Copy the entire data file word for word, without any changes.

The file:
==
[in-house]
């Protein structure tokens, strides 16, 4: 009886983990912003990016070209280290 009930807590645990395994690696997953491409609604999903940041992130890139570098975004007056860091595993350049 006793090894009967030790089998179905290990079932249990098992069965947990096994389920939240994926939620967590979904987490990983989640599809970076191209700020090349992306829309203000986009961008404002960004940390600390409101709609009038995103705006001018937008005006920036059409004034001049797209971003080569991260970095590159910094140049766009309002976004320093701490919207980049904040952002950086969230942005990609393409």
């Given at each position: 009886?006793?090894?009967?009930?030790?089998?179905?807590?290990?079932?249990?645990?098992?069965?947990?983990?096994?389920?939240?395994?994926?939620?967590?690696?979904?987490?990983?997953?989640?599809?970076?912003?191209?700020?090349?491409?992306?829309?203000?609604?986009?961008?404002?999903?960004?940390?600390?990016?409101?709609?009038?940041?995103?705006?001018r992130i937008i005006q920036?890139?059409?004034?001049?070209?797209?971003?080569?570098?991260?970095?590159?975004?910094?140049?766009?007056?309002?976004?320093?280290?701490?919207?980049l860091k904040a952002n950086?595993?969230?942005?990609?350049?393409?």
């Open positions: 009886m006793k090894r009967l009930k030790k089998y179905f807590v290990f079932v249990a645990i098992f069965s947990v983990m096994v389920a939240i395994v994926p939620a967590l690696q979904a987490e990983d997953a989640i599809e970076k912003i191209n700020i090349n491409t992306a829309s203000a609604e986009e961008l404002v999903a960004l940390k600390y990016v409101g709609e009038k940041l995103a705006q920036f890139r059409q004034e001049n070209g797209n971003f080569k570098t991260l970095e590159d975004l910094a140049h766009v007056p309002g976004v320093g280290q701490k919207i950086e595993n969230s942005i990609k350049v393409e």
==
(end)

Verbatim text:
[in-house]
């Protein structure tokens, strides 16, 4: 009886983990912003990016070209280290 009930807590645990395994690696997953491409609604999903940041992130890139570098975004007056860091595993350049 006793090894009967030790089998179905290990079932249990098992069965947990096994389920939240994926939620967590979904987490990983989640599809970076191209700020090349992306829309203000986009961008404002960004940390600390409101709609009038995103705006001018937008005006920036059409004034001049797209971003080569991260970095590159910094140049766009309002976004320093701490919207980049904040952002950086969230942005990609393409």
């Given at each position: 009886?006793?090894?009967?009930?030790?089998?179905?807590?290990?079932?249990?645990?098992?069965?947990?983990?096994?389920?939240?395994?994926?939620?967590?690696?979904?987490?990983?997953?989640?599809?970076?912003?191209?700020?090349?491409?992306?829309?203000?609604?986009?961008?404002?999903?960004?940390?600390?990016?409101?709609?009038?940041?995103?705006?001018r992130i937008i005006q920036?890139?059409?004034?001049?070209?797209?971003?080569?570098?991260?970095?590159?975004?910094?140049?766009?007056?309002?976004?320093?280290?701490?919207?980049l860091k904040a952002n950086?595993?969230?942005?990609?350049?393409?």
């Open positions: 009886m006793k090894r009967l009930k030790k089998y179905f807590v290990f079932v249990a645990i098992f069965s947990v983990m096994v389920a939240i395994v994926p939620a967590l690696q979904a987490e990983d997953a989640i599809e970076k912003i191209n700020i090349n491409t992306a829309s203000a609604e986009e961008l404002v999903a960004l940390k600390y990016v409101g709609e009038k940041l995103a705006q920036f890139r059409q004034e001049n070209g797209n971003f080569k570098t991260l970095e590159d975004l910094a140049h766009v007056p309002g976004v320093g280290q701490k919207i950086e595993n969230s942005i990609k350049v393409e």